in the mix
A combination of creative flair and carefully chosen collectables create an air of elegance in Gill Lockhart’s period home
Creativity and collectables combine in this Nottinghamshire terrace
There’s something reassuringly solid about Victorian houses that makes them the perfect canvas for a creative makeover. So when Gill Lockhart’s landlord gave her first refusal on the terraced house she had been renting, she knew she could not turn it down. As this was her third renovation, she took its refurbishment in her stride.
‘When I moved in, there was no kitchen – just a sink, a few old plug sockets and a light bulb dangling from the ceiling,’ recalls Gill. ‘Freestanding designs were just coming into fashion, so I bought two oak butcher’s blocks, a range oven and an American-style fridge to create my dream look.’
After buying the property, Gill extended into the side return, adding a glass lantern in the roof, which made the area much brighter. Ripping out the tired terracotta floor tiles and replacing them with pale marble ones gave her the opportunity to also add underfloor heating. Then, by remodelling the back pantry, she created a space-saving utility room as well. Having got used to an open design, Gill decided against wall cupboards to help the kitchen feel less cluttered. ‘I do, however, have to find creative ways to store things,’ she says. The open shelves, painted dresser and ceiling rack also mean Gill has to be scrupulously tidy but, as she explains, ‘I do now have a variety of places where I can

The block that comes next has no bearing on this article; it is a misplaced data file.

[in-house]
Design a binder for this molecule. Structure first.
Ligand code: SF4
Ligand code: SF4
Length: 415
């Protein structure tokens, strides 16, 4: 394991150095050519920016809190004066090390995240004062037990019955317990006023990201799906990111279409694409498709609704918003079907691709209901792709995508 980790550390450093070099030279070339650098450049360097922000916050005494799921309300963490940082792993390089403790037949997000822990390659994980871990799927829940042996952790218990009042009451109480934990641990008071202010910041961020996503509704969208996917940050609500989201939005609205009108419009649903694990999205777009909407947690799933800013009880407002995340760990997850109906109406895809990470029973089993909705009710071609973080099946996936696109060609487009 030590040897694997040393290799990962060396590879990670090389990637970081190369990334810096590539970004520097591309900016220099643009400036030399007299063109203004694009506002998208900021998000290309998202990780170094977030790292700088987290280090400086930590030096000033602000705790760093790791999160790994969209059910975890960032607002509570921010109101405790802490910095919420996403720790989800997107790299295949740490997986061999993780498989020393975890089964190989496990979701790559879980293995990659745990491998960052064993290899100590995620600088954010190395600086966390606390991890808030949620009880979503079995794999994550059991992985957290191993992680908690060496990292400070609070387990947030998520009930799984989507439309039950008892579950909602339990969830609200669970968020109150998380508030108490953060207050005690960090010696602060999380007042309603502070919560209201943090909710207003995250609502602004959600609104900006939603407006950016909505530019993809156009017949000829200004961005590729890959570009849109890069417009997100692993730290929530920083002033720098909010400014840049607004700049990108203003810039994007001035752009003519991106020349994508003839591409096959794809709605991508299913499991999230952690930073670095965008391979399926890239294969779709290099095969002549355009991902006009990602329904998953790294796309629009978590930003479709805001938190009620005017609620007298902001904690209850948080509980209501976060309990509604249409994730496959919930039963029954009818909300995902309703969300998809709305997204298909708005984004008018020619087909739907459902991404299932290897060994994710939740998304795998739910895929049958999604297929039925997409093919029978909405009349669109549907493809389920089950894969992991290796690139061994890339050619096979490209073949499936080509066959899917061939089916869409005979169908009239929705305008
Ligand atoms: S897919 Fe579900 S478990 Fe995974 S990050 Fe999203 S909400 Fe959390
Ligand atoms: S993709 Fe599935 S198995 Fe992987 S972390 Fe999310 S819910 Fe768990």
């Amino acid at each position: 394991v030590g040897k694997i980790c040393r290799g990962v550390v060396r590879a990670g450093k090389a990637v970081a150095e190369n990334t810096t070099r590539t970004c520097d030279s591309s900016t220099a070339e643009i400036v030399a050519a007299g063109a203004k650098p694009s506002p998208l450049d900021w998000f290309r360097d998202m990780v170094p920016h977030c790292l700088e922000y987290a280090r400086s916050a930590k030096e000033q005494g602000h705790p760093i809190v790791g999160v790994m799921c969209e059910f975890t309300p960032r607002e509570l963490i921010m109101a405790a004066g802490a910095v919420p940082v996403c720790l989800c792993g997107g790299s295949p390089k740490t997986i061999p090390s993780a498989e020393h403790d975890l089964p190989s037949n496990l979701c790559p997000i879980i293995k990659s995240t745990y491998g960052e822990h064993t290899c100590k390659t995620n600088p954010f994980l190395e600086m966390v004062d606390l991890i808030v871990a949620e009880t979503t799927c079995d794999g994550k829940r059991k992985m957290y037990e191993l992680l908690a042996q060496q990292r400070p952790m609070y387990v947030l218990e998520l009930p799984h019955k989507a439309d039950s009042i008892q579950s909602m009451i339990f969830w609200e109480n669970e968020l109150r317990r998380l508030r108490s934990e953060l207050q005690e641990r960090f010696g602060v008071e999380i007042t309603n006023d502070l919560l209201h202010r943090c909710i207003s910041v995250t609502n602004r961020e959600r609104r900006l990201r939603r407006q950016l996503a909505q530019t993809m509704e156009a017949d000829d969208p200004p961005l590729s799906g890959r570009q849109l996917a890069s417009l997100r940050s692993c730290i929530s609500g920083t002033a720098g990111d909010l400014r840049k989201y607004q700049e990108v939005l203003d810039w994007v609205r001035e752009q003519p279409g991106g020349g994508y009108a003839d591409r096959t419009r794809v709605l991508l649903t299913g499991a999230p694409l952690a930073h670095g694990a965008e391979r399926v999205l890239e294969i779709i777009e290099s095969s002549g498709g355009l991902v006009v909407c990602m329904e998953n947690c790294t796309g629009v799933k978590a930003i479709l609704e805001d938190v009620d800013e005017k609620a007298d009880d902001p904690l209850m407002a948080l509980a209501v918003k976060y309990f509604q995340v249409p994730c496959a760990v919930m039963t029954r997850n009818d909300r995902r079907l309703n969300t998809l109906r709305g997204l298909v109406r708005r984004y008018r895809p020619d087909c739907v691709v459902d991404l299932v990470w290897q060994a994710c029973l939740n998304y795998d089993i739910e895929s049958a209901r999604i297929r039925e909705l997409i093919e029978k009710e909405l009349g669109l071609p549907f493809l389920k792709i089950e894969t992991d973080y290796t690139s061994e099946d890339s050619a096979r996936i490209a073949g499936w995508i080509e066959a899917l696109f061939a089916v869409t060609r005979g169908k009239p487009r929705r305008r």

display my collections of antique tins, vintage creamware, posy jars and jam pans.’
About three times a year, Gill likes to visit some of the larger local antiques shows. ‘I never go with anything particular in mind,’ she says, ‘ but these days, I tend to look vaguely for old watering cans, garden accessories, mannequins and classic Bakelite light fittings.’ Gill certainly has an eye for the unusual, and one of her favourite finds was a pair of black mannequin arms, which she has tied together with raffia and hung on the wall above the kitchen worktop.
As an art editor by profession, there are examples of Gill’s creativity throughout. Furniture is painted and waxed for a more seasoned look, while a feather boa adorns a mirror, and shells and pom-poms are strung around twisted tree branches. On the walls are botanical prints, engravings, embroidery samplers, seed packets and photographs of London in the 1960s, taken by Gill’s late father. It’s an eclectic celebration of the personal. Gill is also partial to furnishings from India and the Far East. ‘My style is a mix of souvenirs from places such as Russia and China, but although I love the style of the Victorian Raj, I’ve never actually been to India.
‘I’ve always enjoyed bringing period houses back to life,’ says Gill. ‘This one was a real labour of love, but it’s definitely been worth all the hard work.’